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I have a set of images which are loaded from an h5 file. I checked their dimensions and I get (209, 64, 64, 3).

read = h5py.File('datasets/train_catvnoncat.h5', 'r')
read['train_set_x'].shape

(209, 64, 64, 3)

it means that there are 209 images but the point that I cannot understand is that, what is (64, 64, 3)?
I have used the following code for plotting:

import matplotlib.pyplot as plt

plt.imshow(read['train_set_x'][1])
plt.show()

and I get a colored image which is 64 by 64. before this, I thought for (., ., .) shapes, the second number specifies the number of lines and the third one specifies the number of rows. also the first one specifies the number of the mentioned (row and column) arrays.
My question is that in numpy if you have a three dimensional array, for accessing rows and columns you have to change the second and third entries in the indexing operator; Why this is different in images and rows and columns are arranged differently in images. Shouldn't it be (3, 64, 64)?

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  • $\begingroup$ Assuming these are colour images, it seems likely that the 64x64 is row and column index, and the remaining three values are the RGB channels for the image. $\endgroup$
    – R Hill
    Sep 21, 2017 at 15:42
  • $\begingroup$ @RHill This is exactly my point. Shouldn't it be (3, 64, 64)? $\endgroup$ Sep 21, 2017 at 15:49
  • $\begingroup$ @NeilSlater you are telling me this ordering is different from what we have in other containers such as list or tuples? $\endgroup$ Sep 21, 2017 at 16:24
  • $\begingroup$ @NeilSlater actually I want to change my example, instead of tuples or list think about arrays in numpy or matrices in numpy. whenever we want to access the rows and columns of matrices (actually tensors) with 3-d shape we use second and third entries to access the corresponding elements. $\endgroup$ Sep 21, 2017 at 16:28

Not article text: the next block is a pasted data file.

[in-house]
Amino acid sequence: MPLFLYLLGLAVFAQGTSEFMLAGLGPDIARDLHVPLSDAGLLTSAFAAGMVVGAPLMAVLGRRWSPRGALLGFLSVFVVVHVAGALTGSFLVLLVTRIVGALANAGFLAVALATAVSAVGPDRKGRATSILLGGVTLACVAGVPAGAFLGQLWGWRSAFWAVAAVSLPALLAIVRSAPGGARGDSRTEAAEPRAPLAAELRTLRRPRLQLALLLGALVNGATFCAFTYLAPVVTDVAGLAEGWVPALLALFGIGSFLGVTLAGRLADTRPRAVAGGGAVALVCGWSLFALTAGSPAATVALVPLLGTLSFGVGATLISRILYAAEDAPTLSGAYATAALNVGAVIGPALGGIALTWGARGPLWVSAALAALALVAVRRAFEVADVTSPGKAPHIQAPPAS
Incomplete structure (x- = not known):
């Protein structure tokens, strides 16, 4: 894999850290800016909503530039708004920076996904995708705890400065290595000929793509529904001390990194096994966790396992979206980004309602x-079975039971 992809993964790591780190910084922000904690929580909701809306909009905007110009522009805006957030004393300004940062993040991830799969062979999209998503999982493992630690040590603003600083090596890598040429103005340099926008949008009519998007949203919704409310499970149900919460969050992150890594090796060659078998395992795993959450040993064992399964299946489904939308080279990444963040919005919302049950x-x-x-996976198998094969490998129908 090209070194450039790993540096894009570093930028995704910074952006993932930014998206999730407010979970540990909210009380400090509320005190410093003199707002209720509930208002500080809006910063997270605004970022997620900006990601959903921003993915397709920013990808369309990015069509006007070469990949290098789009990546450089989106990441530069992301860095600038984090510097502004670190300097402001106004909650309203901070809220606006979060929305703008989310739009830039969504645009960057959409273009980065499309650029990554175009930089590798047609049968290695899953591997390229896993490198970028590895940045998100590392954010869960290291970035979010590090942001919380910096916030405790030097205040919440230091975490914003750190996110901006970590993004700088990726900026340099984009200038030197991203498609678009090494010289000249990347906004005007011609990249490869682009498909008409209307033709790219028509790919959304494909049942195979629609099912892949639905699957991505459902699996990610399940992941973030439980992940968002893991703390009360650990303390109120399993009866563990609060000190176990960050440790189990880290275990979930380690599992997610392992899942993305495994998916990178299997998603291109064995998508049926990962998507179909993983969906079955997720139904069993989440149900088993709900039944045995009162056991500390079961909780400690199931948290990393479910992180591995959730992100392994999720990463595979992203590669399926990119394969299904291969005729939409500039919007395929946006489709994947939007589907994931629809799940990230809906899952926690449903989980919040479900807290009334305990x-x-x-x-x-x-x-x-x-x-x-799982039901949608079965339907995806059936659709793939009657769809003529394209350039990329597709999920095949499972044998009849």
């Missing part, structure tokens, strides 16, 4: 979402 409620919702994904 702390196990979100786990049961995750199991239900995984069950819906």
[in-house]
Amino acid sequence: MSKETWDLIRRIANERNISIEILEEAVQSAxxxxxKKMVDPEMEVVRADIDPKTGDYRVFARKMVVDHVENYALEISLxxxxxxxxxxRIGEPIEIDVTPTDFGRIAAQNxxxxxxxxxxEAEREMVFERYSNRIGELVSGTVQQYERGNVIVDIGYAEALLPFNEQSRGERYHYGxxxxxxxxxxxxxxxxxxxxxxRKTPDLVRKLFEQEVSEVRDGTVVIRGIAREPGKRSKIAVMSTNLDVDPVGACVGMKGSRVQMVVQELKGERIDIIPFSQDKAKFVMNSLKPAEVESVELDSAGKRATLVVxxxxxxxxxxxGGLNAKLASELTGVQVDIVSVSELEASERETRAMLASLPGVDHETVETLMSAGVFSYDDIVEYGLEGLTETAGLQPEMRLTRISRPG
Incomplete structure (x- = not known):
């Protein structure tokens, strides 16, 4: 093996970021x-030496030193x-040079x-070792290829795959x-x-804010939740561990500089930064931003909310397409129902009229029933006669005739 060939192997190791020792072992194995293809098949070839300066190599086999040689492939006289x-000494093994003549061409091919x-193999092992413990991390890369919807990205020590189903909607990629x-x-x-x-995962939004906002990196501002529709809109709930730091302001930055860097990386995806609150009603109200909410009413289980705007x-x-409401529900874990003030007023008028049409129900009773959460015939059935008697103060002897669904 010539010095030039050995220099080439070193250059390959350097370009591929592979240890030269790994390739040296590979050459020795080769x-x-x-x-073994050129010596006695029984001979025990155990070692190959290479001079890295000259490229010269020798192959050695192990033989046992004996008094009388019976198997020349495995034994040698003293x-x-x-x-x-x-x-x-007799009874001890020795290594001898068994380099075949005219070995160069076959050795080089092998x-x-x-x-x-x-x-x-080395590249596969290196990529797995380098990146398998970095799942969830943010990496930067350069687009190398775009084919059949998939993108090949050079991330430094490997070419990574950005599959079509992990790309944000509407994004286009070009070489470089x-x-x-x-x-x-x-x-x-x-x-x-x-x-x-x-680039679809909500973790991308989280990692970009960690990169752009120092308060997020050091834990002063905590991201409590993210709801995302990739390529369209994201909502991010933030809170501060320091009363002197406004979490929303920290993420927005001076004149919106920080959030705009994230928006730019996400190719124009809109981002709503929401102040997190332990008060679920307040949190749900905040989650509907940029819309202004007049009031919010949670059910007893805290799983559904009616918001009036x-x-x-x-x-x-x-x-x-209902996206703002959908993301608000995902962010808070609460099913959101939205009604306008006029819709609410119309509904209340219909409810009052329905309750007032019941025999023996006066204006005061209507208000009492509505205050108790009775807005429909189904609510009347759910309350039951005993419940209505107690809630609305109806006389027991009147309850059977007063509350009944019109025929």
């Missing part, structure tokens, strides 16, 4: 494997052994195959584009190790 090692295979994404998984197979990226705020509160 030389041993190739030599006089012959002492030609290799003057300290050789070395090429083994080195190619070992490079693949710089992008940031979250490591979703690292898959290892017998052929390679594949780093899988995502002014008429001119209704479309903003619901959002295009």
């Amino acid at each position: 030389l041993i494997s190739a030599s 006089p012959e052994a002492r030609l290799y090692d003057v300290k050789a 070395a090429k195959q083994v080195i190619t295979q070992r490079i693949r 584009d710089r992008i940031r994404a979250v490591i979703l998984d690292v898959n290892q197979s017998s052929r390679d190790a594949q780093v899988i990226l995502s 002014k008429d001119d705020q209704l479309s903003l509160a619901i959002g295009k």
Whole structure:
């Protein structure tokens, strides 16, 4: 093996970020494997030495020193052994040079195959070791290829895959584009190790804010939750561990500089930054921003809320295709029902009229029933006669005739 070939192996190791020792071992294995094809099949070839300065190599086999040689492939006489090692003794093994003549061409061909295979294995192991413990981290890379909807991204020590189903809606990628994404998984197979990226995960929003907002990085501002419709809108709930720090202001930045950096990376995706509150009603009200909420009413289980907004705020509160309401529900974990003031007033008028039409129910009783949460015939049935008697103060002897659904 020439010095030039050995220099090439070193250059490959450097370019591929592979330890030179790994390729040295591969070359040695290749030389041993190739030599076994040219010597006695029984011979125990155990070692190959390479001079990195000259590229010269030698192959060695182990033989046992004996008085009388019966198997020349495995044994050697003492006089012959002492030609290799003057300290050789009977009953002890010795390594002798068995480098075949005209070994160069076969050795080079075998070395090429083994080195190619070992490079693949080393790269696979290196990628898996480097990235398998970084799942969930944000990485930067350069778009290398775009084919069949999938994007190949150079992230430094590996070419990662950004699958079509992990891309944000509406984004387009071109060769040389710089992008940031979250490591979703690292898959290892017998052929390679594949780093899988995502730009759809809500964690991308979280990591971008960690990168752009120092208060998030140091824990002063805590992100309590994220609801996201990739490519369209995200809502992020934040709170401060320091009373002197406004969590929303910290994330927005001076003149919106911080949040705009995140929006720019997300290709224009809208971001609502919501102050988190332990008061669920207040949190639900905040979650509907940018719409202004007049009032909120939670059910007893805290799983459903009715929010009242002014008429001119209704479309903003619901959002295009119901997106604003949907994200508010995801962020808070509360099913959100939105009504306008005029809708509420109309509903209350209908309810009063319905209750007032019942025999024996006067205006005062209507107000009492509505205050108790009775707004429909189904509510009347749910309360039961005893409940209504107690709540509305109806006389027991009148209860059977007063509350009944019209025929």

1 Answer 1

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The [64, 64, 3] shape you have found is a common convention to represent a colour image in (x, y, colour_channel) dimensions.

The key word here is convention - there is no inherently preferred way to represent a colour image in terms of fundamental maths or computing needs, and even within Python you will find multiple conventions, varying in the ordering within the dimension - e.g. OpenCV uses (x, y, channel) convention for the shape, but has channels in order BGR - so channel 0 is blue - whilst most other libraries will use RGB ordering (ignoring for now the alternative colour spaces).

My question is that in numpy if you have a three dimensional array, for accessing rows and columns you have to change the second and third entries in the indexing operator

When you have a 3-dimensional array, what you decide to call "rows" and "columns" is also a convention. It depends partly on what that array represents, and there is no single way to visualise the contents.

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